All these higher costs are first faced by the suppliers that sell food to the big supermarkets, and though it has taken time, the latest surveys show these outfits are pushing supermarkets for higher prices.
A survey of supermarket suppliers conducted by Jarden in January found 90 per cent planned to raise prices this year after facing an average 11.3 per cent increase in costs, again largely due to supply-chain pressures and wages.
Tanya Barden, chief at the Australian Food and Grocery Council, said a double-digit increase in costs reflects the experience of her members.
“We’re seeing an enormous amount of cost pressure,” Ms Barden said.
“For a long time food and grocery prices have been stable in Australia and haven’t actually reflected the full cost increases suppliers faced.”
The big questions facing supermarket shoppers and their budgets is to what extent supermarkets will pass through higher costs to checkouts.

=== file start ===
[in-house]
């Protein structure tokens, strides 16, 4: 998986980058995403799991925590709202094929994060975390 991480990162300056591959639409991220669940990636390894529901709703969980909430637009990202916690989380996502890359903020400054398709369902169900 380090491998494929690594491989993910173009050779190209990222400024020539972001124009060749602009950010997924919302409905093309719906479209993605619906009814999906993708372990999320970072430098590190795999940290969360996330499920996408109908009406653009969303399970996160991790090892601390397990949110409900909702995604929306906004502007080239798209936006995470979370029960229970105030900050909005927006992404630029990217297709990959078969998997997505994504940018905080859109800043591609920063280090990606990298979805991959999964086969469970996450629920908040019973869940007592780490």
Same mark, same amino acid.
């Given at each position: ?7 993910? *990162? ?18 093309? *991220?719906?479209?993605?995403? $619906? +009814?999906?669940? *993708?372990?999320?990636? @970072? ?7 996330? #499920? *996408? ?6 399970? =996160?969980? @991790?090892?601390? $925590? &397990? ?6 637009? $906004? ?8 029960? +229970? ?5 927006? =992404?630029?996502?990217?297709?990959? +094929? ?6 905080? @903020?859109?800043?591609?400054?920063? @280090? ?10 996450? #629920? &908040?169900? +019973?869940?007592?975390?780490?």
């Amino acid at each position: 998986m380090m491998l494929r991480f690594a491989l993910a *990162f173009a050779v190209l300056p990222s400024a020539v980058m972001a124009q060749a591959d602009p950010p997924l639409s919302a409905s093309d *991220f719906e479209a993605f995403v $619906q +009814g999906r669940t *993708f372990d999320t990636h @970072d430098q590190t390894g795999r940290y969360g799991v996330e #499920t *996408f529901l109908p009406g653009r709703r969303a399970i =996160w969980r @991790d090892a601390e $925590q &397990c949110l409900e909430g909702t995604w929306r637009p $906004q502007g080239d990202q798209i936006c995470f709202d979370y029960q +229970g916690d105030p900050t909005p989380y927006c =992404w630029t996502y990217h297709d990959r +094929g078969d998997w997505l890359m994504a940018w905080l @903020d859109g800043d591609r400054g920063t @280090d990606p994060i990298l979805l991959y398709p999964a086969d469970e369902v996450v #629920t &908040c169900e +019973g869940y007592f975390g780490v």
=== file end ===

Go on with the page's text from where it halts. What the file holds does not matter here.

‘We’re very anxious’
Talking about inflation as a supermarket boss is tough, and not just because they risk being seen as out of touch with everyday workers.
As seen in the supermarket price wars of the 2010s, Australians are incredibly sensitive to how much their food costs and will readily flock to the cheapest chain on the market.
It’s a history that makes supermarket bosses sweat at the mention of inflation, as Mr Banducci explained on Wednesday.
“In terms of relative price position … we’re very anxious on this topic and we do track it against Aldi and Coles,” he said.
“We’re [still] in the guardrails of where we’ve been for the past couple of years.”
That helps explain why each supermarket is presenting itself as the best player in keeping a lid on inflationary pressures.